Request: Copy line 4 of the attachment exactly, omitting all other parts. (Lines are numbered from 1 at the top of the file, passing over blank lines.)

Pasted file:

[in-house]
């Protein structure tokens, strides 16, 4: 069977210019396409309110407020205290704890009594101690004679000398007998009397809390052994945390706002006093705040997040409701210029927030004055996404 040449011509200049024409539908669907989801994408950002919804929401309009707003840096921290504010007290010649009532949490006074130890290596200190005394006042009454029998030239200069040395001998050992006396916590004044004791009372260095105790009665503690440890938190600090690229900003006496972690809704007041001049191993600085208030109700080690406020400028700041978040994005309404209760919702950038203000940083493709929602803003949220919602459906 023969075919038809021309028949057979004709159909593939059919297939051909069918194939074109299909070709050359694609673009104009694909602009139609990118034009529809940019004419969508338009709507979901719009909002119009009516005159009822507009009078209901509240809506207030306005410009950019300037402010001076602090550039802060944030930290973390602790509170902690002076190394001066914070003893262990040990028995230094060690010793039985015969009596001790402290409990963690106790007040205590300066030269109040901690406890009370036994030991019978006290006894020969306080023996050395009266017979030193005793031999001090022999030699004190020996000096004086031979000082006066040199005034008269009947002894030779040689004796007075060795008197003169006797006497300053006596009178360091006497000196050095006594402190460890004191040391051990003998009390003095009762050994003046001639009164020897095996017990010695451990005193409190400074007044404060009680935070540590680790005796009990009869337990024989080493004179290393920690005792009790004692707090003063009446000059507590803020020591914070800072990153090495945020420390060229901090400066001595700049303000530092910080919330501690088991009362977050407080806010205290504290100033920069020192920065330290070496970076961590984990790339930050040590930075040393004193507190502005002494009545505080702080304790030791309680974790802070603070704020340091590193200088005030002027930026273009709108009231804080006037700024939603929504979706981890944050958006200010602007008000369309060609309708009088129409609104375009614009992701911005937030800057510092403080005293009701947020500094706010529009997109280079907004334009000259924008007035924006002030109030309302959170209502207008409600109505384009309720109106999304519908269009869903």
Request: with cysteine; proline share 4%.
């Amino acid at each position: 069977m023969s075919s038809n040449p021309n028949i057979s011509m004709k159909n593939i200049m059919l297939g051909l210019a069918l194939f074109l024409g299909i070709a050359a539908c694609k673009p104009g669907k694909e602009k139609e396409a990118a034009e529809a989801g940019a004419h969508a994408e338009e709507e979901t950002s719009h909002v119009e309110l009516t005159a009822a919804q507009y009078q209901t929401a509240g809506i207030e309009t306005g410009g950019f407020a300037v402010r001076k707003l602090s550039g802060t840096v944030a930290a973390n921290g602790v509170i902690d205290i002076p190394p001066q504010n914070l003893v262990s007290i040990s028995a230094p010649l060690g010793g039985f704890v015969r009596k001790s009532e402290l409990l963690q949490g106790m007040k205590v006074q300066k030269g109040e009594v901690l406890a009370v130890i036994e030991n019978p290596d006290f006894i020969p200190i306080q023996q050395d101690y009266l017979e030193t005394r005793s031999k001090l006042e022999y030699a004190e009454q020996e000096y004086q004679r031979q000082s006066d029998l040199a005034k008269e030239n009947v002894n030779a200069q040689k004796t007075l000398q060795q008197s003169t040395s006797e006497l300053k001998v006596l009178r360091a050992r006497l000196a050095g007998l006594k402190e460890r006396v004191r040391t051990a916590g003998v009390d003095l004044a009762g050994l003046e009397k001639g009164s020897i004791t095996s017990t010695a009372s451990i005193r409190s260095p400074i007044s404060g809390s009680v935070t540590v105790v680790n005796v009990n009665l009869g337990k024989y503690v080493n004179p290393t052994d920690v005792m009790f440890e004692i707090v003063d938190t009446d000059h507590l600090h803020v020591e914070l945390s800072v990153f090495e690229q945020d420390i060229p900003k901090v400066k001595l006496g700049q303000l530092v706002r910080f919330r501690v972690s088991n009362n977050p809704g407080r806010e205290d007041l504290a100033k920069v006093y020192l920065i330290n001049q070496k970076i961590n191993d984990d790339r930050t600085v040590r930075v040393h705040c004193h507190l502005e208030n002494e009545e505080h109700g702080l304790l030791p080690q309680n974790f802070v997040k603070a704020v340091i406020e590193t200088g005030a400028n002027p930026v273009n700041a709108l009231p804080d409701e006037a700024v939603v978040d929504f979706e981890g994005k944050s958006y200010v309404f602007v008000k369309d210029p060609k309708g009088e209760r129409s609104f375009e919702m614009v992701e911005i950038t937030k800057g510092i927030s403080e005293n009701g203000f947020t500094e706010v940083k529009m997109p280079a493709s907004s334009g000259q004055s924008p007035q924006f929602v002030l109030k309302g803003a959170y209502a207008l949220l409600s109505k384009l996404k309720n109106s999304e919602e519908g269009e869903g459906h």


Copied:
């Amino acid at each position: 069977m023969s075919s038809n040449p021309n028949i057979s011509m004709k159909n593939i200049m059919l297939g051909l210019a069918l194939f074109l024409g299909i070709a050359a539908c694609k673009p104009g669907k694909e602009k139609e396409a990118a034009e529809a989801g940019a004419h969508a994408e338009e709507e979901t950002s719009h909002v119009e309110l009516t005159a009822a919804q507009y009078q209901t929401a509240g809506i207030e309009t306005g410009g950019f407020a300037v402010r001076k707003l602090s550039g802060t840096v944030a930290a973390n921290g602790v509170i902690d205290i002076p190394p001066q504010n914070l003893v262990s007290i040990s028995a230094p010649l060690g010793g039985f704890v015969r009596k001790s009532e402290l409990l963690q949490g106790m007040k205590v006074q300066k030269g109040e009594v901690l406890a009370v130890i036994e030991n019978p290596d006290f006894i020969p200190i306080q023996q050395d101690y009266l017979e030193t005394r005793s031999k001090l006042e022999y030699a004190e009454q020996e000096y004086q004679r031979q000082s006066d029998l040199a005034k008269e030239n009947v002894n030779a200069q040689k004796t007075l000398q060795q008197s003169t040395s006797e006497l300053k001998v006596l009178r360091a050992r006497l000196a050095g007998l006594k402190e460890r006396v004191r040391t051990a916590g003998v009390d003095l004044a009762g050994l003046e009397k001639g009164s020897i004791t095996s017990t010695a009372s451990i005193r409190s260095p400074i007044s404060g809390s009680v935070t540590v105790v680790n005796v009990n009665l009869g337990k024989y503690v080493n004179p290393t052994d920690v005792m009790f440890e004692i707090v003063d938190t009446d000059h507590l600090h803020v020591e914070l945390s800072v990153f090495e690229q945020d420390i060229p900003k901090v400066k001595l006496g700049q303000l530092v706002r910080f919330r501690v972690s088991n009362n977050p809704g407080r806010e205290d007041l504290a100033k920069v006093y020192l920065i330290n001049q070496k970076i961590n191993d984990d790339r930050t600085v040590r930075v040393h705040c004193h507190l502005e208030n002494e009545e505080h109700g702080l304790l030791p080690q309680n974790f802070v997040k603070a704020v340091i406020e590193t200088g005030a400028n002027p930026v273009n700041a709108l009231p804080d409701e006037a700024v939603v978040d929504f979706e981890g994005k944050s958006y200010v309404f602007v008000k369309d210029p060609k309708g009088e209760r129409s609104f375009e919702m614009v992701e911005i950038t937030k800057g510092i927030s403080e005293n009701g203000f947020t500094e706010v940083k529009m997109p280079a493709s907004s334009g000259q004055s924008p007035q924006f929602v002030l109030k309302g803003a959170y209502a207008l949220l409600s109505k384009l996404k309720n109106s999304e919602e519908g269009e869903g459906h």